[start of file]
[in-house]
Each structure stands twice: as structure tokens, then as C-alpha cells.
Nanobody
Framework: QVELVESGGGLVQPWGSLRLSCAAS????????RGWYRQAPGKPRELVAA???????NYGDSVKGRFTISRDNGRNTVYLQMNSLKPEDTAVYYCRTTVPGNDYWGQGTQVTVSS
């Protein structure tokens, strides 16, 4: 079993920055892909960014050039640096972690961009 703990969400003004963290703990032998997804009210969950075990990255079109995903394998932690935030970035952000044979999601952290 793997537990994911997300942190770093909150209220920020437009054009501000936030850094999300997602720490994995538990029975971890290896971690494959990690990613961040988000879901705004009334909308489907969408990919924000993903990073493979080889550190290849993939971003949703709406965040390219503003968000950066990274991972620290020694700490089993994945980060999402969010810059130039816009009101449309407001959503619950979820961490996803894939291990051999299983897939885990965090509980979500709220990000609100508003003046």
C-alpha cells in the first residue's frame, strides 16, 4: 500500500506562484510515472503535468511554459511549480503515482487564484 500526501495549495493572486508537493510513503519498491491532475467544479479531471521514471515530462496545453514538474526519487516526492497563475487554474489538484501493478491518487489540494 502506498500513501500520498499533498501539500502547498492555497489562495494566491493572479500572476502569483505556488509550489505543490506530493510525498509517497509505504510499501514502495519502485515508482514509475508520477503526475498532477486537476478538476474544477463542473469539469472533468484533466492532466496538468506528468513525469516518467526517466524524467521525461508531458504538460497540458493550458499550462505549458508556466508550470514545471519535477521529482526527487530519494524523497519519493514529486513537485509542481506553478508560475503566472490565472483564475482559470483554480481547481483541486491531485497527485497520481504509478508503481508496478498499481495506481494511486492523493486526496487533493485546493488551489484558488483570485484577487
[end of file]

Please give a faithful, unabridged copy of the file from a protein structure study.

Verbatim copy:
[in-house]
Each structure stands twice: as structure tokens, then as C-alpha cells.
Nanobody
Framework: QVELVESGGGLVQPWGSLRLSCAAS????????RGWYRQAPGKPRELVAA???????NYGDSVKGRFTISRDNGRNTVYLQMNSLKPEDTAVYYCRTTVPGNDYWGQGTQVTVSS
């Protein structure tokens, strides 16, 4: 079993920055892909960014050039640096972690961009 703990969400003004963290703990032998997804009210969950075990990255079109995903394998932690935030970035952000044979999601952290 793997537990994911997300942190770093909150209220920020437009054009501000936030850094999300997602720490994995538990029975971890290896971690494959990690990613961040988000879901705004009334909308489907969408990919924000993903990073493979080889550190290849993939971003949703709406965040390219503003968000950066990274991972620290020694700490089993994945980060999402969010810059130039816009009101449309407001959503619950979820961490996803894939291990051999299983897939885990965090509980979500709220990000609100508003003046």
C-alpha cells in the first residue's frame, strides 16, 4: 500500500506562484510515472503535468511554459511549480503515482487564484 500526501495549495493572486508537493510513503519498491491532475467544479479531471521514471515530462496545453514538474526519487516526492497563475487554474489538484501493478491518487489540494 502506498500513501500520498499533498501539500502547498492555497489562495494566491493572479500572476502569483505556488509550489505543490506530493510525498509517497509505504510499501514502495519502485515508482514509475508520477503526475498532477486537476478538476474544477463542473469539469472533468484533466492532466496538468506528468513525469516518467526517466524524467521525461508531458504538460497540458493550458499550462505549458508556466508550470514545471519535477521529482526527487530519494524523497519519493514529486513537485509542481506553478508560475503566472490565472483564475482559470483554480481547481483541486491531485497527485497520481504509478508503481508496478498499481495506481494511486492523493486526496487533493485546493488551489484558488483570485484577487